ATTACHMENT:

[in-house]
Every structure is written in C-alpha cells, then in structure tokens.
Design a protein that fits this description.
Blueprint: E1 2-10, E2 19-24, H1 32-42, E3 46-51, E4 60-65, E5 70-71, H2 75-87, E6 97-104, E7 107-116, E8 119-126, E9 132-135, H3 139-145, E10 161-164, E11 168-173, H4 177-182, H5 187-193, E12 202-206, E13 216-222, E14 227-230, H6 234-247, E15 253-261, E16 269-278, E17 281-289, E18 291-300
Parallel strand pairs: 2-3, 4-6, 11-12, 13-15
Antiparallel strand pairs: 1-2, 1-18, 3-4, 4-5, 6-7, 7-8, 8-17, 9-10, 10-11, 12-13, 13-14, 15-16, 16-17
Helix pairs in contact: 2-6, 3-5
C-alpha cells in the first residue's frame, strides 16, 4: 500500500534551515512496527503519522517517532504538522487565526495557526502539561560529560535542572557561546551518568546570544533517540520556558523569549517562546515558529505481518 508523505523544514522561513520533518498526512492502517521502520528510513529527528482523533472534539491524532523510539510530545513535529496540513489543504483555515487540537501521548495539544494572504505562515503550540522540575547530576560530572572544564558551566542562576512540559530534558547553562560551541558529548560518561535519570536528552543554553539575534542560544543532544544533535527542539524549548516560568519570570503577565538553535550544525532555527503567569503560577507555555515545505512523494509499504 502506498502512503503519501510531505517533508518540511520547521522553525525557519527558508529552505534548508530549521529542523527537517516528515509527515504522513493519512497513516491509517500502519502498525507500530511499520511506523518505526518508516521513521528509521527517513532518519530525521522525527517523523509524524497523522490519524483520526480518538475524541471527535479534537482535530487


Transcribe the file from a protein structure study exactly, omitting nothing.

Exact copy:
[in-house]
Every structure is written in C-alpha cells, then in structure tokens.
Design a protein that fits this description.
Blueprint: E1 2-10, E2 19-24, H1 32-42, E3 46-51, E4 60-65, E5 70-71, H2 75-87, E6 97-104, E7 107-116, E8 119-126, E9 132-135, H3 139-145, E10 161-164, E11 168-173, H4 177-182, H5 187-193, E12 202-206, E13 216-222, E14 227-230, H6 234-247, E15 253-261, E16 269-278, E17 281-289, E18 291-300
Parallel strand pairs: 2-3, 4-6, 11-12, 13-15
Antiparallel strand pairs: 1-2, 1-18, 3-4, 4-5, 6-7, 7-8, 8-17, 9-10, 10-11, 12-13, 13-14, 15-16, 16-17
Helix pairs in contact: 2-6, 3-5
C-alpha cells in the first residue's frame, strides 16, 4: 500500500534551515512496527503519522517517532504538522487565526495557526502539561560529560535542572557561546551518568546570544533517540520556558523569549517562546515558529505481518 508523505523544514522561513520533518498526512492502517521502520528510513529527528482523533472534539491524532523510539510530545513535529496540513489543504483555515487540537501521548495539544494572504505562515503550540522540575547530576560530572572544564558551566542562576512540559530534558547553562560551541558529548560518561535519570536528552543554553539575534542560544543532544544533535527542539524549548516560568519570570503577565538553535550544525532555527503567569503560577507555555515545505512523494509499504 502506498502512503503519501510531505517533508518540511520547521522553525525557519527558508529552505534548508530549521529542523527537517516528515509527515504522513493519512497513516491509517500502519502498525507500530511499520511506523518505526518508516521513521528509521527517513532518519530525521522525527517523523509524524497523522490519524483520526480518538475524541471527535479534537482535530487